The young nobleman sighed before he turned around to look at Anton, as though asking for the veteran to back him up.
“It’s your decision, Your Lordship,” Anton threw him to the wolves without any expression, except for the briefest hint of a smile that Luna saw at the corner of his lips.
Meanwhile Drazhan nodded along, also abandoning Konstantin to fight this battle alone. The young lord’s emerald gaze glared back in response, as though berating them ‘some help you two are!’
“I give up,” Konstantin sighed. “You can join. But you have to follow orders! That includes mine!”
“Of course!” Katsiaryna grinned.
However Konstantin simply sighed and rolled his eyes in response. His thoughts were clear to Luna even without words:
She never does as she’s told.
It wasn’t until later that night, after they returned to Konstantin’s manor, that Luna had a chance to ask:
“You didn’t seem very happy to see your once-betrothed?”
“Honestly?” Konstantin hesitated for a moment before continuing. “I was relieved when Marshal Tuchkov canceled our betrothal.”
Luna gave him a surprised look. But before she could speak any further, the young lord stopped her with a raised hand.
“Don’t get me wrong. Katya is like a little sister to me. I would risk my life to help if she were in trouble.” Konstantin declared without any doubt in his deep-emerald eyes. “But she’s also the only daughter out of five siblings, and the youngest to boot, and she had a difficult infancy and almost didn’t make it. The rest of the Tuchkov family spoiled her rotten as a result. Her dress, her jewelry, her armor, her weapons — almost everything she has is specially designed and custom made. Her parents probably spent more on her than the four brothers combined!
“Try to be nice to her though,” he then added as an afterthought. “She can be exceptionally vain when it comes to appearances. Meanwhile you’re…”
“Brutally honest?” Luna finished for him.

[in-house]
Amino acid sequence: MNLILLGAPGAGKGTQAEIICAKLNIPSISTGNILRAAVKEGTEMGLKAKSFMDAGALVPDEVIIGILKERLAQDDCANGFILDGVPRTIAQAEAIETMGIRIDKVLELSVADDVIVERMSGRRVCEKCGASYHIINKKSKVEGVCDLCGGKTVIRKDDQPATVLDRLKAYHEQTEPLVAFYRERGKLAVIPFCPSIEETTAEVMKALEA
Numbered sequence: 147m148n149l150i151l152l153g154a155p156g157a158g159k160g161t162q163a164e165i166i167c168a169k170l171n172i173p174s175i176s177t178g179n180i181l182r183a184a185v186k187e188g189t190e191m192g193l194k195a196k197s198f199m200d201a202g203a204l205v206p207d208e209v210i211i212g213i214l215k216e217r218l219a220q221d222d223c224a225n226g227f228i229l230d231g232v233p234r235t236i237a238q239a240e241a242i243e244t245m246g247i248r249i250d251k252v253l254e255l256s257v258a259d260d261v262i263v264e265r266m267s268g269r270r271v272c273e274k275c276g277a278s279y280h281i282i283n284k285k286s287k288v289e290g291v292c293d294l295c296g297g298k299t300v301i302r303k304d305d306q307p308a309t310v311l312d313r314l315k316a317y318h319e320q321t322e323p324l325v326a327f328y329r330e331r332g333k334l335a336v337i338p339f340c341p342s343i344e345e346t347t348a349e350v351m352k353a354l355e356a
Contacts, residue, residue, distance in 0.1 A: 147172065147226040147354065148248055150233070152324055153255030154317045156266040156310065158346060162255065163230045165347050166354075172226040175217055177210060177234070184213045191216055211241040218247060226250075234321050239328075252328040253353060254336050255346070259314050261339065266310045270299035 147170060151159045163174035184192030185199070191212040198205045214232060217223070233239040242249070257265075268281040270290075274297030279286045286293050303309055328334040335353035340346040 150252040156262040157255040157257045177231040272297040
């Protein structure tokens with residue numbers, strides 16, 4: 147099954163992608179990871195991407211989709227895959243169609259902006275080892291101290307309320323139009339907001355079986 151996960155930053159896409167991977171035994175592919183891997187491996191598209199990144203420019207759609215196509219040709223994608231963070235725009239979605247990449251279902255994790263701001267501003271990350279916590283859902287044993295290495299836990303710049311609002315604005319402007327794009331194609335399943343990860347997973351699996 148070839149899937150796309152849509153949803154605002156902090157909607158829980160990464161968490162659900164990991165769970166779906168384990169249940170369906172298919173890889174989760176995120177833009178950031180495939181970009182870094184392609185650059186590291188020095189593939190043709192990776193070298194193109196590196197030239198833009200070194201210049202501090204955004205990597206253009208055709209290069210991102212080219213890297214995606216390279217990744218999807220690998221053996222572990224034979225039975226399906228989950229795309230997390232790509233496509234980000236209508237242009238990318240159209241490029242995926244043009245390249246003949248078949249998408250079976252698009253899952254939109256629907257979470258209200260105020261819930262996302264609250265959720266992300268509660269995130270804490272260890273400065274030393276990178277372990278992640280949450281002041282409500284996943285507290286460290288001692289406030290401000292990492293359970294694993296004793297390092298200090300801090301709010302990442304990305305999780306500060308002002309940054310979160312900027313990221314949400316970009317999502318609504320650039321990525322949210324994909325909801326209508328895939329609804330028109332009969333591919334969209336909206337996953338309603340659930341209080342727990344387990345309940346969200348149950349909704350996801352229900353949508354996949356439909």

“I was trying to pick a more refined phrase than that.”
“I prefer to focus on an individual’s virtues over their flaws, and Her Ladyship seems like a perfectly approachable person,” Luna reassured him. “I’m surprised she served for years as a mercenary though.”
Luna didn’t want to say ‘assassin’, which was synonymous in her book to ‘murderer’. After all, she still had no idea of exactly what kind of jobs Katsiaryna had taken.
“Oh don’t let the innocent girl appearance fool you,” Konstantin warned. “She’s one of the best duelists I know. Only the second brother, Pavel, is a match for her within the family. And he once won fourth place in a federal competition! Plus despite her young age, her favorite pastime is researching weird spells. She’d be perfect if she would simply listen to others, or even common sense, instead of running off on her own delusions!”
Konstantin then shook his head in disbelief.
“But her? As a wife? She’d be insufferable.”
- Aquilifer: The eagle standard bearer that jumped down from his ship in order to inspire his fellow soldiers is from Julius Caesar’s diaries.
- Three-man bonds: It is possible an ancient civilization knew this but didn’t leave records. However modern sources generally credit the discovery to the Chinese Communist Party, whose extensive experience and skill in guerrilla warfare was legendary. It was perfected into the Three-Three System light infantry doctrine, one of the major factors that allowed the underequipped Chinese army to drive back the Americans during the Korean War.
- In Russian culture, to use a combination of given name + patronymic (but not family name) when addressing someone is a sign of showing courtesy and individual respect. In modern times, it is also a way of remarking, particularly during a heated debate: “don’t take it personally; I respect you, this is purely professional.”
- Tagmata Varrangoi: ‘Tagmata’ generally refer to the elite military formations of the late Eastern Roman (Byzantine) Empire. ‘Varrangoi’ is the name of the famous Varangian Guard, who were mercenaries from the Rus’ who served as personal bodyguards of the Byzantine Emperors.